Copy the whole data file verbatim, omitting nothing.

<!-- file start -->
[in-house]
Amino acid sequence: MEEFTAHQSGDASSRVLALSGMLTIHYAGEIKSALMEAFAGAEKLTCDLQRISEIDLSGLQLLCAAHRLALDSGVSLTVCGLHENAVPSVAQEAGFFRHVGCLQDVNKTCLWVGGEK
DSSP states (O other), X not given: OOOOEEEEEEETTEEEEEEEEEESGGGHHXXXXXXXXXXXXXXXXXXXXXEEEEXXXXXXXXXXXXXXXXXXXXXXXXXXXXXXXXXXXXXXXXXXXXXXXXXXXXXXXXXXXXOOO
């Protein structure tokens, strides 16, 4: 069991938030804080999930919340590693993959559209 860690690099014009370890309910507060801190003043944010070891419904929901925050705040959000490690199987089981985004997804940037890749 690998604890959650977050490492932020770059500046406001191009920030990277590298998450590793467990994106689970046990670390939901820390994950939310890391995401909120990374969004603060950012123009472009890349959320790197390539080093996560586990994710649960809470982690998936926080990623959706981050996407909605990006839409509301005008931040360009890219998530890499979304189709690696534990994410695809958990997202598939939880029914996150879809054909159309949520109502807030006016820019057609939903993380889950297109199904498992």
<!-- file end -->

[in-house]
Amino acid sequence: MEEFTAHQSGDASSRVLALSGMLTIHYAGEIKSALMEAFAGAEKLTCDLQRISEIDLSGLQLLCAAHRLALDSGVSLTVCGLHENAVPSVAQEAGFFRHVGCLQDVNKTCLWVGGEK
DSSP states (O other), X not given: OOOOEEEEEEETTEEEEEEEEEESGGGHHXXXXXXXXXXXXXXXXXXXXXEEEEXXXXXXXXXXXXXXXXXXXXXXXXXXXXXXXXXXXXXXXXXXXXXXXXXXXXXXXXXXXXOOO
């Protein structure tokens, strides 16, 4: 069991938030804080999930919340590693993959559209 860690690099014009370890309910507060801190003043944010070891419904929901925050705040959000490690199987089981985004997804940037890749 690998604890959650977050490492932020770059500046406001191009920030990277590298998450590793467990994106689970046990670390939901820390994950939310890391995401909120990374969004603060950012123009472009890349959320790197390539080093996560586990994710649960809470982690998936926080990623959706981050996407909605990006839409509301005008931040360009890219998530890499979304189709690696534990994410695809958990997202598939939880029914996150879809054909159309949520109502807030006016820019057609939903993380889950297109199904498992």